A man was left on a plane after dozing off during a connecting flight on Friday, waking up to find himself alone and locked inside a darkened cabin.
"I woke up and the lights were out. I was like, what's going on?" Tom Wagner, a Louisiana boat captain, told ABC station KTRK-TV in Houston
. "I thought maybe it was a layover, still on the same plane."
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Wagner said he had fallen asleep on a United Airlines flight from Louisiana to Los Angeles that had a stopover in Houston's Bush Intercontinental Airport.
"I called my girlfriend, and she thought I was crazy. I said, 'Debbie I'm locked on the plane.' I said, 'I'm telling you the truth; you better go somewhere and get me off this plane,'" Wagner recalled to KTRK-TV.
In a separate interview with NBC's Today show
, Wagner said his girlfriend began laughing when she initially received his call, yet called the airline immediately after hanging up with him.
"She says, 'My boyfriend's on that airplane, you gotta get someone to get him off,'" Wagner told NBC News. "And he said, 'Ma'am, we sweep those planes. There's no way he's on that plane.'"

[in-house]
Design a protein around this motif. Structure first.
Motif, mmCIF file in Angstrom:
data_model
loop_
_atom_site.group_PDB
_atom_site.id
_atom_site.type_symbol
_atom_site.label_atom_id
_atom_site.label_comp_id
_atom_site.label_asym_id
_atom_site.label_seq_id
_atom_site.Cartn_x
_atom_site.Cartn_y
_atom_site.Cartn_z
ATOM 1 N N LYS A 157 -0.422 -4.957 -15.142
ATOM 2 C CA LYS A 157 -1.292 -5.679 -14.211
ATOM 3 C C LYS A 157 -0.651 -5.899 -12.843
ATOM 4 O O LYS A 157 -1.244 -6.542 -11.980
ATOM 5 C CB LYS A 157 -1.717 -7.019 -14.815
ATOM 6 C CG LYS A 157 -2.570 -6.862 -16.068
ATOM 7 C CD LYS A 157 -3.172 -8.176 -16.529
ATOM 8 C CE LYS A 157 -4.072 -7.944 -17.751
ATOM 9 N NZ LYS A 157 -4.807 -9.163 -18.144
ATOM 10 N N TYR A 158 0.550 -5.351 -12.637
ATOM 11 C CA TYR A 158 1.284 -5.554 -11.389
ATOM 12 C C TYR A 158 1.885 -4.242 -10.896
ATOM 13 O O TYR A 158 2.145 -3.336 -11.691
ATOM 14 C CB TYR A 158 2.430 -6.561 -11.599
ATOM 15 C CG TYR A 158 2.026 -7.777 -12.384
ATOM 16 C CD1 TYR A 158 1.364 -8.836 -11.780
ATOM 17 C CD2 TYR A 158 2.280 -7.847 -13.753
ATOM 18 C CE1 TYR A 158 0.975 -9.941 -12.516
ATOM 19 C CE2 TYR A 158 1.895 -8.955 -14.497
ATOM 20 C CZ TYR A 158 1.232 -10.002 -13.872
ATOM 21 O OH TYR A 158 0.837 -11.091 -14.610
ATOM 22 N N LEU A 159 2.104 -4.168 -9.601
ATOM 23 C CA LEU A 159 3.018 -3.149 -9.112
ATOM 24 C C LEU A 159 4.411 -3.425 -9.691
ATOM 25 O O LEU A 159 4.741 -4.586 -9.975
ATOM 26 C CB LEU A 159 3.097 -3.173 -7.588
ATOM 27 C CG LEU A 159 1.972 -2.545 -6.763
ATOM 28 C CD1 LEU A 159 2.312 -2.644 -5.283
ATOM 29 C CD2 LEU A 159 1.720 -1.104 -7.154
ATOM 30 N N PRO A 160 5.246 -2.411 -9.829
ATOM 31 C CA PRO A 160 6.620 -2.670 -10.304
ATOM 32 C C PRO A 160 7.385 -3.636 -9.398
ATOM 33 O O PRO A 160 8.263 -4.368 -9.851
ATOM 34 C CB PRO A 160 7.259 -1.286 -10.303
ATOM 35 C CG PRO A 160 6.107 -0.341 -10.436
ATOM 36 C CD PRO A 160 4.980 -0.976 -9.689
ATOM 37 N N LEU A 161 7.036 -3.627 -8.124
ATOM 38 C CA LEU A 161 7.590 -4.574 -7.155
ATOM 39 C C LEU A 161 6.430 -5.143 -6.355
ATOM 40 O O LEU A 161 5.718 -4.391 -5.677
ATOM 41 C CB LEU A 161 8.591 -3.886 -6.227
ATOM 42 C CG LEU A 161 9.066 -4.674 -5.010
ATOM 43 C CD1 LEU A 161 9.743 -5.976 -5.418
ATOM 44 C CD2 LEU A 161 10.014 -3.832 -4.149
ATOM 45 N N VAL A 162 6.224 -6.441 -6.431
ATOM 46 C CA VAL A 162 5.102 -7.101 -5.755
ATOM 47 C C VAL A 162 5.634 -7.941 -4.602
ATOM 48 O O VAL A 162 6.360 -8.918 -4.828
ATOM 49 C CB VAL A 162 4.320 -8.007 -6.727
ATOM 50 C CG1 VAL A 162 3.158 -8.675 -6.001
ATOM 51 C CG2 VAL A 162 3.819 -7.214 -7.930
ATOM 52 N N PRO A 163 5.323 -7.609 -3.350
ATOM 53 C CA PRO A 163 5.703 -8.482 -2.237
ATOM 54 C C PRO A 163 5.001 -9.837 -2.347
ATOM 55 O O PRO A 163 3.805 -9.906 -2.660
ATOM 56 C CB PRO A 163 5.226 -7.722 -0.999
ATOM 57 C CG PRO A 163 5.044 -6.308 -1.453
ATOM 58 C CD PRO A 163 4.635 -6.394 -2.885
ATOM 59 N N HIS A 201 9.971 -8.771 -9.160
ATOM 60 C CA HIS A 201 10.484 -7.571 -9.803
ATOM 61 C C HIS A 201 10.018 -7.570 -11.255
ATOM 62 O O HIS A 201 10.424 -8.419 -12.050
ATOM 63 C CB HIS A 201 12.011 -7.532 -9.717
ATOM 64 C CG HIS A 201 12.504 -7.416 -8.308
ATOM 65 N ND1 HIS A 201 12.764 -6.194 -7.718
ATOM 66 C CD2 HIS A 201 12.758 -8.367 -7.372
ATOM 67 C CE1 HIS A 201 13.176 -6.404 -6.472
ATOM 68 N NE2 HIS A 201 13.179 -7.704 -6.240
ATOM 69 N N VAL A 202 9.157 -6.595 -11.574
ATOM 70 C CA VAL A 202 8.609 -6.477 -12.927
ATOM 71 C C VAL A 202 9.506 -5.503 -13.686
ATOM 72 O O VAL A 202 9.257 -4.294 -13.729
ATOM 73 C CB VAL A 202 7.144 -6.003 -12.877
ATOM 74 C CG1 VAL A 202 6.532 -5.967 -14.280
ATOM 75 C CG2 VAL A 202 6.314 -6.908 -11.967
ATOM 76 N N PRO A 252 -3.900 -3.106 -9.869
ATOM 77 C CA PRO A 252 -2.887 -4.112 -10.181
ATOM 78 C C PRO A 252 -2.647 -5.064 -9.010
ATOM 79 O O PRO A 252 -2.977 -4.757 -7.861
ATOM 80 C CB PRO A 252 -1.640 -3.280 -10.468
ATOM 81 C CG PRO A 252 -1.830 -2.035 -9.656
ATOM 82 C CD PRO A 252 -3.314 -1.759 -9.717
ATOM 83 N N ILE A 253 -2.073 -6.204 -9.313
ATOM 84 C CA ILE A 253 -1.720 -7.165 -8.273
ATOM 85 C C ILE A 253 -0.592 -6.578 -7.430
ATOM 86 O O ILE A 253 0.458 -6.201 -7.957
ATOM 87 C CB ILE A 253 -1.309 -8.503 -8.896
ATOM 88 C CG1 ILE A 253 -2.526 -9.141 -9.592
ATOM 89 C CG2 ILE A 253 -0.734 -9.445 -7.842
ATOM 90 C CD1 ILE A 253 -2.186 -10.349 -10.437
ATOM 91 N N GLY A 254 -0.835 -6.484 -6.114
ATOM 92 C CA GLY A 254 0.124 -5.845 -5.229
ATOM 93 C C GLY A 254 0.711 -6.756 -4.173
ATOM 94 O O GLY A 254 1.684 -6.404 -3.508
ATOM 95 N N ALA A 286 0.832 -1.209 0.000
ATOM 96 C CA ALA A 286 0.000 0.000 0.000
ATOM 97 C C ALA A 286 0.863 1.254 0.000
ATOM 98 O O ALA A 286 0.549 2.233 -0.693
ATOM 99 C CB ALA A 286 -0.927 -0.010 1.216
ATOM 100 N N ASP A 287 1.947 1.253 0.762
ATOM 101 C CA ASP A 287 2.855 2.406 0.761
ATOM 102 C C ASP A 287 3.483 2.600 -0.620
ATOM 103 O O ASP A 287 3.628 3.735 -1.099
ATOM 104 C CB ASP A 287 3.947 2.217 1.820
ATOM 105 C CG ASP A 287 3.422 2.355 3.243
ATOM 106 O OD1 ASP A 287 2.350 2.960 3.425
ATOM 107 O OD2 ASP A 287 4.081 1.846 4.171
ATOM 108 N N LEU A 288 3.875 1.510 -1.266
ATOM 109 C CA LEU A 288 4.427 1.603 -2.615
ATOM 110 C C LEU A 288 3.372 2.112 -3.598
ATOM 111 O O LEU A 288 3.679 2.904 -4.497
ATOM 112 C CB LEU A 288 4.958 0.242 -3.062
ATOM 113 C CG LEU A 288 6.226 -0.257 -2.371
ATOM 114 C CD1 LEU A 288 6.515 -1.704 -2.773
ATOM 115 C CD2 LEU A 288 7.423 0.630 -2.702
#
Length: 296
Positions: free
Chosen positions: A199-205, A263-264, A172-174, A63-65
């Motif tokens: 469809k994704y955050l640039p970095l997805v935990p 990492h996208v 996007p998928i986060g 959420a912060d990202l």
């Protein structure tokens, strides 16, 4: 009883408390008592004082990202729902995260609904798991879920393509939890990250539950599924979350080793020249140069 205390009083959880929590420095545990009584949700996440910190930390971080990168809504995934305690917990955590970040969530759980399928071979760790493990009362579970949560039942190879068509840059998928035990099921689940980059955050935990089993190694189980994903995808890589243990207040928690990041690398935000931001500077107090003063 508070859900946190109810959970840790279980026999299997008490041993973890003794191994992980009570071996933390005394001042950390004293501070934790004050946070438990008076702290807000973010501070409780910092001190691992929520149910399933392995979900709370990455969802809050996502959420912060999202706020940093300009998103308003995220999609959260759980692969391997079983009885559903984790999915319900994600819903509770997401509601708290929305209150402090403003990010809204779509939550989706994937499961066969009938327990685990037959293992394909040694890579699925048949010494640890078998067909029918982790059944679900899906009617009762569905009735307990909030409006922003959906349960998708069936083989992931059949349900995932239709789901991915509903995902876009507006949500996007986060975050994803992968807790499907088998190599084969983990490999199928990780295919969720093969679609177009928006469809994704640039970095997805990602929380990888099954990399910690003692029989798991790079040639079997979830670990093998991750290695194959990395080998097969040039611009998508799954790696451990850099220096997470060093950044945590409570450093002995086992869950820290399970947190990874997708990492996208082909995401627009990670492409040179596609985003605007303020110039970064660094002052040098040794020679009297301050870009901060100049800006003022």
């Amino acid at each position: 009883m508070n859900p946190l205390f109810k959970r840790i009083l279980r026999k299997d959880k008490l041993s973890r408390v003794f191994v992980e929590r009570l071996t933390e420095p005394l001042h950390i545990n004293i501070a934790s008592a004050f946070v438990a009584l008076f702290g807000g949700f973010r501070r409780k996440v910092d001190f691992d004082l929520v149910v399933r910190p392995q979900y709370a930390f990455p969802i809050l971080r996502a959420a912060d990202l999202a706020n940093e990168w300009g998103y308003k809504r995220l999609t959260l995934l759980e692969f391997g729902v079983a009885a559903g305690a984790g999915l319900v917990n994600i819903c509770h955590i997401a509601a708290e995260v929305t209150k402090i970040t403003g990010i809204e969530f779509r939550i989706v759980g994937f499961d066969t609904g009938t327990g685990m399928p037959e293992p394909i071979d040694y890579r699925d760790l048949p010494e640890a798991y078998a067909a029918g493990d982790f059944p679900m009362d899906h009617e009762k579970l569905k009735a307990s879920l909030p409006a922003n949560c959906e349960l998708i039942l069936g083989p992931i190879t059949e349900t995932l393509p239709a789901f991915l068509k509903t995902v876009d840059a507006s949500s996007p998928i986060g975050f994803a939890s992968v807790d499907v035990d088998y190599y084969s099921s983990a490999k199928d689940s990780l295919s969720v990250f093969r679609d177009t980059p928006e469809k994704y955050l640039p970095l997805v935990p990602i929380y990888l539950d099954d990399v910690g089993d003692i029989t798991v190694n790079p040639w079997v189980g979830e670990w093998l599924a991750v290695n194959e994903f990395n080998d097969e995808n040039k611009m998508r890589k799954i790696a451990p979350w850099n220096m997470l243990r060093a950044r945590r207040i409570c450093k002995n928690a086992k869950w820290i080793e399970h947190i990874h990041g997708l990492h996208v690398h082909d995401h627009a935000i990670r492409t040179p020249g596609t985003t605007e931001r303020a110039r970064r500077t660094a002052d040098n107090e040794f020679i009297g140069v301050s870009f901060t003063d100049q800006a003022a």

Thirty minutes after Wagner called his girlfriend, maintenance workers appeared at the plane's door and were shocked to find him on the other side.
"They said, 'Where's your badge?'" Wagner told NBC News. "I said, 'Dude, I don't work here, I'm a passenger on this airplane.' And he said 'Hold on, hold on.' He didn't believe it."
On Saturday, ExpressJet, the company that operated the United flight, issued a statement to "Today" that read in part, "ExpressJet is investigating to determine how this occurred. We sincerely apologize for the inconvenience this caused for the passenger."
Wagner couldn't understand how the airline locked the flight without first doing at the very least a walkthrough to make sure there were no passengers still onboard, or for that matter why his fellow passengers didn't wake him as they walked by him sleeping.
"I just don't know how it happened, I really don't," he said. "I mean, passengers get off, you'd think somebody would have rubbed me or pushed me and said, 'Hey buddy, we're here.'"
"What if I had a medical condition or something? What if I had a heart attack and I was dead? You just shut the plane and leave someone on there? It's the way I look at it," Wagner told ABC News.
For his trouble, Wagner received a free night in a nearby hotel paid for by the airline and a free amenities package that included a $250 voucher that can be used on a future flight.
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